Sometimes titles deceive. In choosing From Midnight to Dawn: The Last Tracks of the Underground Railroad as her title, Jacqueline L. Tobin has shortchanged her book, which is about much more than the transport of escaped American slaves before the Civil War. Instead, she depicts racial conditions in various regions before the war and explains how regional differences destabilized the continent. She tells about the abolitionist movement and the press it spawned, the passing of the Fugitive Slave bill and its application (or lack of) in various states, organizations to aid fugitives once they reach free lands, and the development of black communities in Canada. Her book is more about the context in which the Underground Railroad ran than about the running of the Railroad.
What does it matter? Well, student looking for escape stories or descriptions of the routes taken by fugitives will be disappointed by Tobin's book. There are, however, many other books with these stories. What the author contributes to the literature are stories of the black communities in Canada, like Buxton, Sandwich, Wilberforce, and Dawn. Getting to Canada was not the end of the story. The fugitives did not all live happily ever after. There were hard winters, lands to plow, good and bad neighbors, bills to pay, rights to be earned. Abolitionists in the U.S. spent much time reporting on and debating the merits of these communities. Should they send aid or would blacks better learn self-reliance if they got no aid? Should free blacks receive the same help as fugitives? What agreements went with the aid, such as temperance or church attendance? Could the communities serve as models for forming black communities in the South after Emancipation?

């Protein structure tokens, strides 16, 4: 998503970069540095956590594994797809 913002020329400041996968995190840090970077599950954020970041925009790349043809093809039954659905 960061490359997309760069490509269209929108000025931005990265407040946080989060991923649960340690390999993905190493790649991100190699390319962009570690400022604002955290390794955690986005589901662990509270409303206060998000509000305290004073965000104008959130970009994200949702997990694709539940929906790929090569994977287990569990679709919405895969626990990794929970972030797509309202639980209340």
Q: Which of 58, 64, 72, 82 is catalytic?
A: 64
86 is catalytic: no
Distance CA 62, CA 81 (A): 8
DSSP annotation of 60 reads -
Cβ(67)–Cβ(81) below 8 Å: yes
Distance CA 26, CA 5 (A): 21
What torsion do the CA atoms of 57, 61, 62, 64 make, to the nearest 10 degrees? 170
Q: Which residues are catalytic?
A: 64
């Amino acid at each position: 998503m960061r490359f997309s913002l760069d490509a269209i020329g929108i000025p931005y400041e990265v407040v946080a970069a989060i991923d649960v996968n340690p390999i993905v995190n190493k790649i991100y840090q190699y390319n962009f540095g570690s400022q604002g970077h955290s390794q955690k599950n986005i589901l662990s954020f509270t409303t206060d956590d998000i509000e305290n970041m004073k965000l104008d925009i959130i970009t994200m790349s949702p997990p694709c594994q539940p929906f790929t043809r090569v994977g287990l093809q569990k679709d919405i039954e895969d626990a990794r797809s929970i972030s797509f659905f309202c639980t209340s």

Readers of From Midnight to Dawn learn much about the abolitionist press, which was far from united in mission. Some writers really wanted all the blacks sent back to Africa. Opinions about Harriet Beecher Stowe's Uncle Tom's Cabin and about John Brown's attack on Harper's Ferry varied. The role of women in abolition was also debated. Ironically, not much was said by abolitionists about the Underground Railroad, which needed secrecy to survive the Fugitive Slave Law.
Readers who think the 21st Century is remarkable for its communities divided by controversies need only read this book to see that nothing is new. Look for it in public libraries.
Tobin, Jacqueline L. From Midnight to Dawn: The Last Tracks of the Underground Railroad. Doubleday, 2006. ISBN 038551431X